Shining a light on CNTNAP2: complex functions to complex disorders

Eur J Hum Genet. 2014 Feb;22(2):171-8. doi: 10.1038/ejhg.2013.100. Epub 2013 May 29.


The genetic basis of complex neurological disorders involving language are poorly understood, partly due to the multiple additive genetic risk factors that are thought to be responsible. Furthermore, these conditions are often syndromic in that they have a range of endophenotypes that may be associated with the disorder and that may be present in different combinations in patients. However, the emergence of individual genes implicated across multiple disorders has suggested that they might share similar underlying genetic mechanisms. The CNTNAP2 gene is an excellent example of this, as it has recently been implicated in a broad range of phenotypes including autism spectrum disorder (ASD), schizophrenia, intellectual disability, dyslexia and language impairment. This review considers the evidence implicating CNTNAP2 in these conditions, the genetic risk factors and mutations that have been identified in patient and population studies and how these relate to patient phenotypes. The role of CNTNAP2 is examined in the context of larger neurogenetic networks during development and disorder, given what is known regarding the regulation and function of this gene. Understanding the role of CNTNAP2 in diverse neurological disorders will further our understanding of how combinations of individual genetic risk factors can contribute to complex conditions.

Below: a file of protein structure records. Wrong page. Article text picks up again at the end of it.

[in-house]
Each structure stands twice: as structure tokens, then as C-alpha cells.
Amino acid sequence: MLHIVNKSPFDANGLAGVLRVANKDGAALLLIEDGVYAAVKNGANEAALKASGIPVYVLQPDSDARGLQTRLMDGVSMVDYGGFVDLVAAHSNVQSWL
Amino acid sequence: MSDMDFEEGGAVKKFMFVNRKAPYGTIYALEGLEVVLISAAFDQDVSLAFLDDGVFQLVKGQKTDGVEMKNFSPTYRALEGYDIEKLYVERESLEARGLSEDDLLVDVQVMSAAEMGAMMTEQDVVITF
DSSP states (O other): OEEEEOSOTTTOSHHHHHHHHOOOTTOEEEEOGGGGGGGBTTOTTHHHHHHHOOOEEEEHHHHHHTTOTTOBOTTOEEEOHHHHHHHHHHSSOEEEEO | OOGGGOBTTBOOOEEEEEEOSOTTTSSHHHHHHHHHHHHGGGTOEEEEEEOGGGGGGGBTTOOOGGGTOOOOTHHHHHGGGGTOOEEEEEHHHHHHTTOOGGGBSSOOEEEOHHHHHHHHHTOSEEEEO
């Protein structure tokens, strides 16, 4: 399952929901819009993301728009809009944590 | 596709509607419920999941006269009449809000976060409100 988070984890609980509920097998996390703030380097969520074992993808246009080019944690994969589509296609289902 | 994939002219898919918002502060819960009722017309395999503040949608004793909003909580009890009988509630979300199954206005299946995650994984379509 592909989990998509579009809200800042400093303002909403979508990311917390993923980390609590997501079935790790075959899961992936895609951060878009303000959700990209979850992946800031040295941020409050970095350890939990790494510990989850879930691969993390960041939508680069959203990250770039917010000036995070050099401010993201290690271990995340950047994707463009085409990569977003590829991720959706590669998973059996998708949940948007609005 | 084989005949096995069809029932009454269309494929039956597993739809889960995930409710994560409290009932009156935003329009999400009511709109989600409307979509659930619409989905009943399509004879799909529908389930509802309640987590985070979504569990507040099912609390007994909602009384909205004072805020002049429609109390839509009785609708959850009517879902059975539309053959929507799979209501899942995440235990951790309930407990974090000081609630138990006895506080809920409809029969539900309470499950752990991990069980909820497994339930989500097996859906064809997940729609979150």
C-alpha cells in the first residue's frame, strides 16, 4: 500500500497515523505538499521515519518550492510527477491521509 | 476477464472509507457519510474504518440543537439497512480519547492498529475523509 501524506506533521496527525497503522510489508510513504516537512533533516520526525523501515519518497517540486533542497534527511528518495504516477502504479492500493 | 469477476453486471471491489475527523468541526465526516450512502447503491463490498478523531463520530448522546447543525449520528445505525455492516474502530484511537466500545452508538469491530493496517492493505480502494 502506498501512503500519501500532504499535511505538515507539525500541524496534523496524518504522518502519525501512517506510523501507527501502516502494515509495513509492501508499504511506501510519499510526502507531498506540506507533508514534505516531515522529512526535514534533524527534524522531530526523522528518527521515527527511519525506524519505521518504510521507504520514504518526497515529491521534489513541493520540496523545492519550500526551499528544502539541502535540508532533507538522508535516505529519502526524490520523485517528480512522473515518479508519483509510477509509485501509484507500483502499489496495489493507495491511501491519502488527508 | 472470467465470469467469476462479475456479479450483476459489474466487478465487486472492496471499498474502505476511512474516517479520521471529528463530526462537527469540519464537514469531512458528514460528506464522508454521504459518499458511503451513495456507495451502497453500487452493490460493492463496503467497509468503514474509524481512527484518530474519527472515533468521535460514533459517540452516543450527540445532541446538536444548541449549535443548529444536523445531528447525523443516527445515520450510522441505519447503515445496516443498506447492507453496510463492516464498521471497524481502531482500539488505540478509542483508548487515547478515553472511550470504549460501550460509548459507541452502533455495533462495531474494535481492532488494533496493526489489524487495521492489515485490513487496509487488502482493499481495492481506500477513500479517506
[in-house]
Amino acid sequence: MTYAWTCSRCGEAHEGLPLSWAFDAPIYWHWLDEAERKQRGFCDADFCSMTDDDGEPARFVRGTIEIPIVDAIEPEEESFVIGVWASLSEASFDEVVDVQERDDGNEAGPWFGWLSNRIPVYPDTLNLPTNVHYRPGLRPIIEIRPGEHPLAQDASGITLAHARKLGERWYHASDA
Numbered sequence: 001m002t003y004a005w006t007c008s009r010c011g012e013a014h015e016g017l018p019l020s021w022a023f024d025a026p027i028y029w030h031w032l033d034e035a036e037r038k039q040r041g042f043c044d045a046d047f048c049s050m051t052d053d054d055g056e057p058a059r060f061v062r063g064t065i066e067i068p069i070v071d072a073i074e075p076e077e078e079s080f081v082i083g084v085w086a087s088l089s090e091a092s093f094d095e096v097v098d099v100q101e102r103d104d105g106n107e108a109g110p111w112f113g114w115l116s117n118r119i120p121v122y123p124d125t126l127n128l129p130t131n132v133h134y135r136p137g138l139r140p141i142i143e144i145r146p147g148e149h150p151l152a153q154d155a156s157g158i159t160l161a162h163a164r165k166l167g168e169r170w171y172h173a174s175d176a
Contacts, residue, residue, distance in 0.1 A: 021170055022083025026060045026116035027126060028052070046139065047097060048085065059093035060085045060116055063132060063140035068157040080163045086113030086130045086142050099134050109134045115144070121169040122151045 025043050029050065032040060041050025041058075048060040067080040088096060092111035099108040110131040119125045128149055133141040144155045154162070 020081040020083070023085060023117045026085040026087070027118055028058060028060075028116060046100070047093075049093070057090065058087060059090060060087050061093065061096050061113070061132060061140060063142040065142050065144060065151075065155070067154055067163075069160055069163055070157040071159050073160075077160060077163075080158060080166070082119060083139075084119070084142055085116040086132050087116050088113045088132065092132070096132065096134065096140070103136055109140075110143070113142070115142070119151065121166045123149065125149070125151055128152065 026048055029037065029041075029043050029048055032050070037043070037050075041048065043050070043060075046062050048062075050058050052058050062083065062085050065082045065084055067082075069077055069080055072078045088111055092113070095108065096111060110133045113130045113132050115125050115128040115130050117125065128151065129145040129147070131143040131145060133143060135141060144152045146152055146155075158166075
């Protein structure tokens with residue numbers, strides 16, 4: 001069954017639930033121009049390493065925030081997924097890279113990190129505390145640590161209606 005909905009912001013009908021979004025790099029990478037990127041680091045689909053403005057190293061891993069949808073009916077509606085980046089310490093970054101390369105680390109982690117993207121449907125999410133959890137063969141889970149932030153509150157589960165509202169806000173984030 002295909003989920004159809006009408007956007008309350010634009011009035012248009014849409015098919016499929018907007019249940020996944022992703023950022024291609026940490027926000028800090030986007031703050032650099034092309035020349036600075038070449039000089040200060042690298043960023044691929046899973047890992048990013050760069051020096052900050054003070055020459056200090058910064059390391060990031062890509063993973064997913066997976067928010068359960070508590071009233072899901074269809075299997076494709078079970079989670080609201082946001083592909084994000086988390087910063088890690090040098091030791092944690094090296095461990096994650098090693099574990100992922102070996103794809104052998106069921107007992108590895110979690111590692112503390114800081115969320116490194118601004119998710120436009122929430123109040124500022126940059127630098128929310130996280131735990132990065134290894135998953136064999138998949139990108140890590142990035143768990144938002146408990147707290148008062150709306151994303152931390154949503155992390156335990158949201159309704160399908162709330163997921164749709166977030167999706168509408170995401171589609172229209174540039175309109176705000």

Publication types

  • Research Support, Non-U.S. Gov't
  • Review

MeSH terms

  • Amino Acid Sequence
  • Animals
  • Genetic Predisposition to Disease
  • Humans
  • Language Development Disorders / genetics
  • Membrane Proteins / genetics*
  • Molecular Sequence Data
  • Mutation, Missense
  • Nerve Net / pathology
  • Nerve Tissue Proteins / genetics*
  • Nervous System Diseases / genetics
  • Polymorphism, Single Nucleotide
  • Risk Factors


  • CNTNAP2 protein, human
  • Membrane Proteins
  • Nerve Tissue Proteins